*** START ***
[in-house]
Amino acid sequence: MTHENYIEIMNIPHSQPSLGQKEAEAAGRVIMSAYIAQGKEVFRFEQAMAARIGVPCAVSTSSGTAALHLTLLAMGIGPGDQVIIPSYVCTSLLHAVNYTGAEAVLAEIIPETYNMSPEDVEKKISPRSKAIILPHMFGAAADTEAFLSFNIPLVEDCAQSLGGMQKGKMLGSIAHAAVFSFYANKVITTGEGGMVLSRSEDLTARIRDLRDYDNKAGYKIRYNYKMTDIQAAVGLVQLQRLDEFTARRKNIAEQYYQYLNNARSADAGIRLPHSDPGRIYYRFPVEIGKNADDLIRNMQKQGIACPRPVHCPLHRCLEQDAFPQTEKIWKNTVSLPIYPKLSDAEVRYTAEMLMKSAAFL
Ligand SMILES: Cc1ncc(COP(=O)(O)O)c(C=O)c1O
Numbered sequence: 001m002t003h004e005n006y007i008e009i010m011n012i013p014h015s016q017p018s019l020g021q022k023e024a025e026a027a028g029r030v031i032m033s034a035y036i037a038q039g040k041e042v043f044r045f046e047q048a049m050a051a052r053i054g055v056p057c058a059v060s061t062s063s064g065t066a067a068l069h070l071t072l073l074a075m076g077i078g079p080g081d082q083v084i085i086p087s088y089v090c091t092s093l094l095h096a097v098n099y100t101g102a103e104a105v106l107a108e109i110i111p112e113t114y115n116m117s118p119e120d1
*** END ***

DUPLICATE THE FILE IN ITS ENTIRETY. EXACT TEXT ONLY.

[in-house]
Amino acid sequence: MTHENYIEIMNIPHSQPSLGQKEAEAAGRVIMSAYIAQGKEVFRFEQAMAARIGVPCAVSTSSGTAALHLTLLAMGIGPGDQVIIPSYVCTSLLHAVNYTGAEAVLAEIIPETYNMSPEDVEKKISPRSKAIILPHMFGAAADTEAFLSFNIPLVEDCAQSLGGMQKGKMLGSIAHAAVFSFYANKVITTGEGGMVLSRSEDLTARIRDLRDYDNKAGYKIRYNYKMTDIQAAVGLVQLQRLDEFTARRKNIAEQYYQYLNNARSADAGIRLPHSDPGRIYYRFPVEIGKNADDLIRNMQKQGIACPRPVHCPLHRCLEQDAFPQTEKIWKNTVSLPIYPKLSDAEVRYTAEMLMKSAAFL
Ligand SMILES: Cc1ncc(COP(=O)(O)O)c(C=O)c1O
Numbered sequence: 001m002t003h004e005n006y007i008e009i010m011n012i013p014h015s016q017p018s019l020g021q022k023e024a025e026a027a028g029r030v031i032m033s034a035y036i037a038q039g040k041e042v043f044r045f046e047q048a049m050a051a052r053i054g055v056p057c058a059v060s061t062s063s064g065t066a067a068l069h070l071t072l073l074a075m076g077i078g079p080g081d082q083v084i085i086p087s088y089v090c091t092s093l094l095h096a097v098n099y100t101g102a103e104a105v106l107a108e109i110i111p112e113t114y115n116m117s118p119e120d1